All new exploration will be map-as-you-go. No blasting with high or low explosives, or any material generally interpreted as an explosive, may be done unless the individual is properly licensed and has explicit, written permission of the land owners through the Cave Access Manager. Results of exploration trips will be conveyed to the land owners and through the Cave Access Manager.

Discovery teams may name new areas, but names deemed inappropriate or distasteful, or named after living people, will not be accepted.

BACK TO TOP

PUBLICITY POLICY

Publicity of any of the Utah School Trust Lands School and Institutional Trust Lands Administration (“SITLA”) caves should not to be publicized in magazines or newspapers of general circulation nor on radio or television without the express permission of SITLA. Caver's publications like The Utah Caver and the NSS News may contain information on the latest discoveries. Some grotto publications may also have information, but again, these have limited circulation and are not to give exact locations to the general public.

ANNUAL CAVE CLEAN-UP
Annual Cave Clean-up activities will be planned with the agencies and organizations interested in maintaining the Nutty Putty Cave, the Silly Putty Cave, the Rabbit Trap Cave, and the Blowhole Cave.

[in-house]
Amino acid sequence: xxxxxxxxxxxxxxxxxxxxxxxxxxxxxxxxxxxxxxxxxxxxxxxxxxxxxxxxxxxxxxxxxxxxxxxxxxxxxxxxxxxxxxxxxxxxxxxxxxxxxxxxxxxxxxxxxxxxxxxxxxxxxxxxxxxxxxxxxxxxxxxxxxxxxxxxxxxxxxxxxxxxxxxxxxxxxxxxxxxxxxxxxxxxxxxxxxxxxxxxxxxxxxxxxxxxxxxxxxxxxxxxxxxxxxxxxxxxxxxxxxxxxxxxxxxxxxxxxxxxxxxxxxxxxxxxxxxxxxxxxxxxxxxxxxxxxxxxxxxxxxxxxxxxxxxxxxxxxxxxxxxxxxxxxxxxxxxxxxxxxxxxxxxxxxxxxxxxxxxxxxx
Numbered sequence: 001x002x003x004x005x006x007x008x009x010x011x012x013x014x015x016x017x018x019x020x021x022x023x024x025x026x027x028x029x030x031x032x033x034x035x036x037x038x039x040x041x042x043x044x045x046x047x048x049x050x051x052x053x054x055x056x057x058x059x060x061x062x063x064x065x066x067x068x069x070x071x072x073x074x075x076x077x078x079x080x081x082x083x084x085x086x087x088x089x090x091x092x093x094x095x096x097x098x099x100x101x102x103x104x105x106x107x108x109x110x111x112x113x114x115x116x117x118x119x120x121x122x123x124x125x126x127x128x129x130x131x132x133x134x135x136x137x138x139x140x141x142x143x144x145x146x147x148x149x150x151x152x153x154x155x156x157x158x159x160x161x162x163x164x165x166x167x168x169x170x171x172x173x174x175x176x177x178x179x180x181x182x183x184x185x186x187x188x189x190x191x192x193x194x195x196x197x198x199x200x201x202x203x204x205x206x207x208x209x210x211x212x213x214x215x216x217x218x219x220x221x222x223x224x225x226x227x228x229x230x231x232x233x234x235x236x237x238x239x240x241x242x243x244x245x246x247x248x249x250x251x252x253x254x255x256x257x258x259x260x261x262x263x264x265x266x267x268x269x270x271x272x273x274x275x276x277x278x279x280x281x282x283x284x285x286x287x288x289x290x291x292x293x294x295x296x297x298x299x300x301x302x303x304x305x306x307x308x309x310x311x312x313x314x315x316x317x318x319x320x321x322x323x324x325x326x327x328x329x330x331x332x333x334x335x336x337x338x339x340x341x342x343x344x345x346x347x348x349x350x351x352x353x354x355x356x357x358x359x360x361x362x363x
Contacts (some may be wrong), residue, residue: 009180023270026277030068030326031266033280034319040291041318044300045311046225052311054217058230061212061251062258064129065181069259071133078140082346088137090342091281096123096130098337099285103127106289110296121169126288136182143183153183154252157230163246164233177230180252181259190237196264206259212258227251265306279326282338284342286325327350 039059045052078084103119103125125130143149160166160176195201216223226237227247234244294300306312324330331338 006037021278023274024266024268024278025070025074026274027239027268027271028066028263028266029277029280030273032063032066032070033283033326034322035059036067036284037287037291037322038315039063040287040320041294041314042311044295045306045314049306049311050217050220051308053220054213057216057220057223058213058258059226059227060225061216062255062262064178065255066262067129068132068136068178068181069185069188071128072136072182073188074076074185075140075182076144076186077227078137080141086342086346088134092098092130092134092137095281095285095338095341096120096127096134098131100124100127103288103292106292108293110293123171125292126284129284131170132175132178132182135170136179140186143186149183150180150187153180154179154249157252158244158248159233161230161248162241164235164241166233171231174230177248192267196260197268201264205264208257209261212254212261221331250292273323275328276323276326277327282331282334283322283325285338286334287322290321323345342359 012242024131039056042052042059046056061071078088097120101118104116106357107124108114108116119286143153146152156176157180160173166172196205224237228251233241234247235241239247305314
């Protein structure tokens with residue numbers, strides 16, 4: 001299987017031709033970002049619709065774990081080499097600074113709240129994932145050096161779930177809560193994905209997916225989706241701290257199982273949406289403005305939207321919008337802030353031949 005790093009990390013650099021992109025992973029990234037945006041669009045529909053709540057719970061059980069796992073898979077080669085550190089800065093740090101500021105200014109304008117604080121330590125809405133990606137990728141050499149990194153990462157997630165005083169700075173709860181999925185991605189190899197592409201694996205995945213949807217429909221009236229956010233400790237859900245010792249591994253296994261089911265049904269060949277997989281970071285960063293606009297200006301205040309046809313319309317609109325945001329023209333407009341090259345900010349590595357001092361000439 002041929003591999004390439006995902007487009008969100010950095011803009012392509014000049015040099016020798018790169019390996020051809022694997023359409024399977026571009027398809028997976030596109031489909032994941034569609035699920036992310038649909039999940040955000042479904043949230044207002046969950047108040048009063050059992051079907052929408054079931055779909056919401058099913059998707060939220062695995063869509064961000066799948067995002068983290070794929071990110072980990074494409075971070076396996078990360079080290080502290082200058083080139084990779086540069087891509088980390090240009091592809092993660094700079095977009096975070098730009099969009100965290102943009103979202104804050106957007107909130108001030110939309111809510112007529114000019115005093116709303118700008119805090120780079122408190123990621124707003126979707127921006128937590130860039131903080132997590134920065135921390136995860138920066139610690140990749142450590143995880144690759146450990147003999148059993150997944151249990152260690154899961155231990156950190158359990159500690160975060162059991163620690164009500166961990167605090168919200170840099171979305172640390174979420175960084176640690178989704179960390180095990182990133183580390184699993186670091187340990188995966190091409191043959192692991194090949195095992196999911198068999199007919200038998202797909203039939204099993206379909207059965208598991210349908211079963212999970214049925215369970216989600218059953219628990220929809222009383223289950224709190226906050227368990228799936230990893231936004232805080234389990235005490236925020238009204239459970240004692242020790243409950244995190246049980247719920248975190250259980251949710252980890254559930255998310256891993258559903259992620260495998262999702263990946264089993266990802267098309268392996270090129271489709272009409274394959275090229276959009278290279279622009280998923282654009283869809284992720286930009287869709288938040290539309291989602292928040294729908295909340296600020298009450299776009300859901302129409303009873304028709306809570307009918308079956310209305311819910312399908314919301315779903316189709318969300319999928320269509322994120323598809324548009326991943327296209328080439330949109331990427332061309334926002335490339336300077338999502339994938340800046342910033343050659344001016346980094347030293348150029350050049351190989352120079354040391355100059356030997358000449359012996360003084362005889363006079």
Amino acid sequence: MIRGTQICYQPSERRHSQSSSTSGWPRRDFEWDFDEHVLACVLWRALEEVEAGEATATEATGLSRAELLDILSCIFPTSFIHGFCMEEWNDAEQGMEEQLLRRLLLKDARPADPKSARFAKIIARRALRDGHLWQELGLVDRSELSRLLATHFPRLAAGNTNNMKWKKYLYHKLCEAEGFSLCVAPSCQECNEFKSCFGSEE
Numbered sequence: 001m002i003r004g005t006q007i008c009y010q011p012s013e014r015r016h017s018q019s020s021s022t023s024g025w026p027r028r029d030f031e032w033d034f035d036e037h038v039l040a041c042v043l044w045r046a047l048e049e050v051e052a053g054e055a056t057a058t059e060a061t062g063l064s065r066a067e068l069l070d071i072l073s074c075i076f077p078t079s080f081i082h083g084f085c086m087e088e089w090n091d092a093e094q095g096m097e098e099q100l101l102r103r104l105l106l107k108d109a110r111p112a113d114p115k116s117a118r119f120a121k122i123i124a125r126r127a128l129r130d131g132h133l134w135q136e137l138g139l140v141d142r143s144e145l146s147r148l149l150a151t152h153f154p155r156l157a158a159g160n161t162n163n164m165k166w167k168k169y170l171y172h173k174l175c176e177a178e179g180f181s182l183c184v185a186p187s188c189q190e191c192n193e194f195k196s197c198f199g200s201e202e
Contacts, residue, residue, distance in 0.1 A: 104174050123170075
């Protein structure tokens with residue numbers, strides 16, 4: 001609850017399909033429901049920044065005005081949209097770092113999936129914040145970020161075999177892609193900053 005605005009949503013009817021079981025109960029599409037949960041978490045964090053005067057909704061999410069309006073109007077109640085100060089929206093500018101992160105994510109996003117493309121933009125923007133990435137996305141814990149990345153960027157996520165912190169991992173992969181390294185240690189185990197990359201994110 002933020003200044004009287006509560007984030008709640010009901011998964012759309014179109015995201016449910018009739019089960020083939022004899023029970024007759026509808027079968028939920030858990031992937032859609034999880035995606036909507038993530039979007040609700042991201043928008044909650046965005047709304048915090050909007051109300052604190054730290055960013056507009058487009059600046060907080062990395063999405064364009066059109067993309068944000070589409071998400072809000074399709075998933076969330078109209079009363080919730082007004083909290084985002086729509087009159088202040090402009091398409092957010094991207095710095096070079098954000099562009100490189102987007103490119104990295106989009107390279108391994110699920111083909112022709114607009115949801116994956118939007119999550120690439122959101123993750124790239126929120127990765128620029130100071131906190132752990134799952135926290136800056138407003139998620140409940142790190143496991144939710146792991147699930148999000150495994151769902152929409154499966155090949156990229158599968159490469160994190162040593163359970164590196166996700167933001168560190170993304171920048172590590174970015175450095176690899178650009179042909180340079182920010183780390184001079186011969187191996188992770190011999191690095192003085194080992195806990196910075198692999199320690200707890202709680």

SURFACE MANAGEMENT
  1. No camping is allowed on the property or in the cave at any time.  All trips must be out of the cave and off the property by the 10 pm curfew.
  2. Vehicles are not permitted to drive within 50 feet of the entrance to any of the cave. Except in the case of Search and Rescue, and medical operations, and approved maintenance projects.
SCIENTIFIC RESEARCH

Scientific research is encouraged.  Research will be permitted only with the written approval of the land owner through the Cave Access Manager. 

FUTURE PLANS
  • A new sign should be posted on the property.
  • Create and implement a new annual Nutty Putty Cave Award for the individual or individuals who have most positively impacted the cave during the prior calendar year. This will be done on the Timpanogos Grotto level and not as part of the Cave Management Plan.
  • The online booking and reservation system will be implemented and perfected to reduce the amount of man hours invested by the Cave Access manager and the Cave management Team.
ANNUAL REPORT
The Cave Access Manager is responsible to provide a written report to the land owner annually by January 31st that addresses the events of the cave during the prior calendar year. This report should include:
  • Cave trip statistics
  • Major issues
  • Complaints
  • Major accomplishments
  • Successful clean-up projects
  • Gate and access issues
  • Gate and lock status and repairs
  • Access maintenance fee accounting and disbursement
  • Current needs
  • Future needs
  • Planned projects
  • Recommended Management Plan changes
  • Nutty Putty Cave Award winner report
BI-ANNUAL REVIEW

The Nutty Putty Cave Management Plan will be reviewed at least every two calendar years, on the even year cycle, by the Cave Management Team and any modifications will be shared by the Cave Access Manager to the land owner for their approval. The next approval cycle will be January 2010. The existing Cave Management Plan is valid until a newer version is approved.

Any recommendations for modifications, changes, or improvements should be directed to the Cave Access Manager.

Timpanogos Grotto of the National Speleological Society
Bats
Copyright © 2000-Present Timpanogos Grotto
Website Maintained by Committee